The government has paid EC$852,850 to 227 arrowroot farmers, representing half of the value of the crops that was not reaped as a result of the April 2021 eruption of La Soufriere, which also destroyed the arrowroot factory.
“So they have actually not been disadvantaged in any significant way, or, indeed, at all. Because those who didn’t reap and it’s in the ground, you get paid half if you had reaped it and delivered it to the factory, they wouldn’t have had the expense of reaping,” Prime Minister Ralph Gonsalves said.
He said that the pay-out is part of the government’s efforts to cushion the impact of COVID-19, the volcanic eruption, Hurricane Elsa, “the convulsions of monopoly capitalism, which impact upon us from its global perch, and as a consequence of the knock-on effects of the global political, geopolitical uncertainties mainly the Russia-Ukraine war”.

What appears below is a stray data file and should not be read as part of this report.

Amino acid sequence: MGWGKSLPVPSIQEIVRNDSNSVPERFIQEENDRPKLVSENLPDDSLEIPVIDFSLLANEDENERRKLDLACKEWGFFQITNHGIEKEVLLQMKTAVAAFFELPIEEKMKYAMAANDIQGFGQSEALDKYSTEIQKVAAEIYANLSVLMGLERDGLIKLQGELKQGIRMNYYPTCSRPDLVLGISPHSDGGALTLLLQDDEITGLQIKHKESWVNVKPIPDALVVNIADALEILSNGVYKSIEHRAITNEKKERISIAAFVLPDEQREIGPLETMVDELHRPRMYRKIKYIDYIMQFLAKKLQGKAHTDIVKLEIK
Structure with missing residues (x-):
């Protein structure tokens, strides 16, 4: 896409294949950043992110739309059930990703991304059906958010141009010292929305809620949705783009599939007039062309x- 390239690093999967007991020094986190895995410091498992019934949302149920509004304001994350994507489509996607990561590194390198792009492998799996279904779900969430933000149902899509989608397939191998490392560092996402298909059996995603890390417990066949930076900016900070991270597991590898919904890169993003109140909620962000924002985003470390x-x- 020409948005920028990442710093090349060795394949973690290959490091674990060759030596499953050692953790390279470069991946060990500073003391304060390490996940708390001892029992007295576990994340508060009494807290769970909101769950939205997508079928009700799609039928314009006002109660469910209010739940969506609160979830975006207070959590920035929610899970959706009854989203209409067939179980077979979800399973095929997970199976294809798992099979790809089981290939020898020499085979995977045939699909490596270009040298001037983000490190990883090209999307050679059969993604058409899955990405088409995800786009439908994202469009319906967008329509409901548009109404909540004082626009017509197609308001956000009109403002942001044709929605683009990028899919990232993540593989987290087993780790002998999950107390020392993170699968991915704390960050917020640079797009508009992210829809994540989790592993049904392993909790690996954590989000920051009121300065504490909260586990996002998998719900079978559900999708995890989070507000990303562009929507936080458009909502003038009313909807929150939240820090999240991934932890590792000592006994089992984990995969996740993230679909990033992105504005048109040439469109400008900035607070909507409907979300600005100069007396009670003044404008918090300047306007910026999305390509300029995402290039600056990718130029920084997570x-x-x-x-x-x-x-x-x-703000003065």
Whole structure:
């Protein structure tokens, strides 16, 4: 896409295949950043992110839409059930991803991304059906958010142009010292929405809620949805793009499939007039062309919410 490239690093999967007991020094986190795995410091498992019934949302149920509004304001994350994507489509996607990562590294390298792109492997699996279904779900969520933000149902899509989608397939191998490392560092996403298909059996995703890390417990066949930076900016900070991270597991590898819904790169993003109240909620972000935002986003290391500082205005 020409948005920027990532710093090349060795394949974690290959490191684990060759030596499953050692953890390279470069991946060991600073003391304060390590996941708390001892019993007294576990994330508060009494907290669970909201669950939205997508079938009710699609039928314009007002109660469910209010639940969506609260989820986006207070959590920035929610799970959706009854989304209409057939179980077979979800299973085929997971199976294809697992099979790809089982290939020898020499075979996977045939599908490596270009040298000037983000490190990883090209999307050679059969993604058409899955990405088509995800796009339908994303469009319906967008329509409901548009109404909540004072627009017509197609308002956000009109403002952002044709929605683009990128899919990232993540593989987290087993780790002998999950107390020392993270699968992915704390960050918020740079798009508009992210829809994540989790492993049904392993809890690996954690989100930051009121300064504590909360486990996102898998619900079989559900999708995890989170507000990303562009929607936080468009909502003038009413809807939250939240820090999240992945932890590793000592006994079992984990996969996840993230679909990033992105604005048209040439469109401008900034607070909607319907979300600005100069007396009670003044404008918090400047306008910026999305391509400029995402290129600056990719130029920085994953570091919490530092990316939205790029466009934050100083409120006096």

Gonsalves said that some of the arrowroot farmers “got quite some tiny sums but it is good to see that these resilient individuals have received some support”.
He said the payment is separate from the $500 monthly support to farmers and fishers.
“And then you have to remember the monies which had been paid out through Western Union by way of the World Food Program of the United Nations, which we raised together,” Gonsalves said.
“And that is now going to be replaced over the next three months for the persons in the [Volcano] Red Zone, the Orange Zone and the Yellow Zone by monies for 4,000 families.”
He said the list was being finalised and Bank of St. Vincent and the Grenadines was printing the cards.
“… and, hopefully, the beginning of July, we would have distributed these cards top the household heads or the person identified as such in those 4,000 families and we will put the money on a monthly basis in their accounts so that they can use the cards,” Gonsalves said.